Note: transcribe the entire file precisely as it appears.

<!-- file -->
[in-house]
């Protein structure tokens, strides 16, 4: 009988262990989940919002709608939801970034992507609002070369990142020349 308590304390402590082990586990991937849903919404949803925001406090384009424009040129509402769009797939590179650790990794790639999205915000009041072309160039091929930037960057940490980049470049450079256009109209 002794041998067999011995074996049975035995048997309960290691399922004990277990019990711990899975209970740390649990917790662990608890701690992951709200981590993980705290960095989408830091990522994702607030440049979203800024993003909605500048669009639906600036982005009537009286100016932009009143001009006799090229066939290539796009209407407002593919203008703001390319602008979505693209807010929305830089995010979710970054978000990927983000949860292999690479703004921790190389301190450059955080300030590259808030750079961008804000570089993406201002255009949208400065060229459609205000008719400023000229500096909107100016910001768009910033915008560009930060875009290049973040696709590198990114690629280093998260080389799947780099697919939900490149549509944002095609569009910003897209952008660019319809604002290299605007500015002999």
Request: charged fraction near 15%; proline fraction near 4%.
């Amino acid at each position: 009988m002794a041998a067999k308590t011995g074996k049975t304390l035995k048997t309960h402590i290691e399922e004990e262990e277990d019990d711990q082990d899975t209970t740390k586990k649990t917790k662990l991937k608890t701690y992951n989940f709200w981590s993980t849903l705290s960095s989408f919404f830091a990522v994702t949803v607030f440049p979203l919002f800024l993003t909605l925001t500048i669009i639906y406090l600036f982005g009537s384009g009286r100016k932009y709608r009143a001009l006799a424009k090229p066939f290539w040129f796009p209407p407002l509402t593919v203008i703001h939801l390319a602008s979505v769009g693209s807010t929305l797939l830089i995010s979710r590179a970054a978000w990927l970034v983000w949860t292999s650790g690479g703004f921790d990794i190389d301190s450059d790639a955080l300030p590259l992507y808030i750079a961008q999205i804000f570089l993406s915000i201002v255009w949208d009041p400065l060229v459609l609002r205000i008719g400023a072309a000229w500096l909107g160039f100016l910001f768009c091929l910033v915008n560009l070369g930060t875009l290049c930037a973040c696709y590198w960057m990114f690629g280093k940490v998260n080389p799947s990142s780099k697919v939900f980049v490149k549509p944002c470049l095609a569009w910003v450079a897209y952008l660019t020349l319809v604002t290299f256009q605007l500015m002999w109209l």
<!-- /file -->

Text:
[in-house]
């Protein structure tokens, strides 16, 4: 009988262990989940919002709608939801970034992507609002070369990142020349 308590304390402590082990586990991937849903919404949803925001406090384009424009040129509402769009797939590179650790990794790639999205915000009041072309160039091929930037960057940490980049470049450079256009109209 002794041998067999011995074996049975035995048997309960290691399922004990277990019990711990899975209970740390649990917790662990608890701690992951709200981590993980705290960095989408830091990522994702607030440049979203800024993003909605500048669009639906600036982005009537009286100016932009009143001009006799090229066939290539796009209407407002593919203008703001390319602008979505693209807010929305830089995010979710970054978000990927983000949860292999690479703004921790190389301190450059955080300030590259808030750079961008804000570089993406201002255009949208400065060229459609205000008719400023000229500096909107100016910001768009910033915008560009930060875009290049973040696709590198990114690629280093998260080389799947780099697919939900490149549509944002095609569009910003897209952008660019319809604002290299605007500015002999």
Request: charged fraction near 15%; proline fraction near 4%.
């Amino acid at each position: 009988m002794a041998a067999k308590t011995g074996k049975t304390l035995k048997t309960h402590i290691e399922e004990e262990e277990d019990d711990q082990d899975t209970t740390k586990k649990t917790k662990l991937k608890t701690y992951n989940f709200w981590s993980t849903l705290s960095s989408f919404f830091a990522v994702t949803v607030f440049p979203l919002f800024l993003t909605l925001t500048i669009i639906y406090l600036f982005g009537s384009g009286r100016k932009y709608r009143a001009l006799a424009k090229p066939f290539w040129f796009p209407p407002l509402t593919v203008i703001h939801l390319a602008s979505v769009g693209s807010t929305l797939l830089i995010s979710r590179a970054a978000w990927l970034v983000w949860t292999s650790g690479g703004f921790d990794i190389d301190s450059d790639a955080l300030p590259l992507y808030i750079a961008q999205i804000f570089l993406s915000i201002v255009w949208d009041p400065l060229v459609l609002r205000i008719g400023a072309a000229w500096l909107g160039f100016l910001f768009c091929l910033v915008n560009l070369g930060t875009l290049c930037a973040c696709y590198w960057m990114f690629g280093k940490v998260n080389p799947s990142s780099k697919v939900f980049v490149k549509p944002c470049l095609a569009w910003v450079a897209y952008l660019t020349l319809v604002t290299f256009q605007l500015m002999w109209l």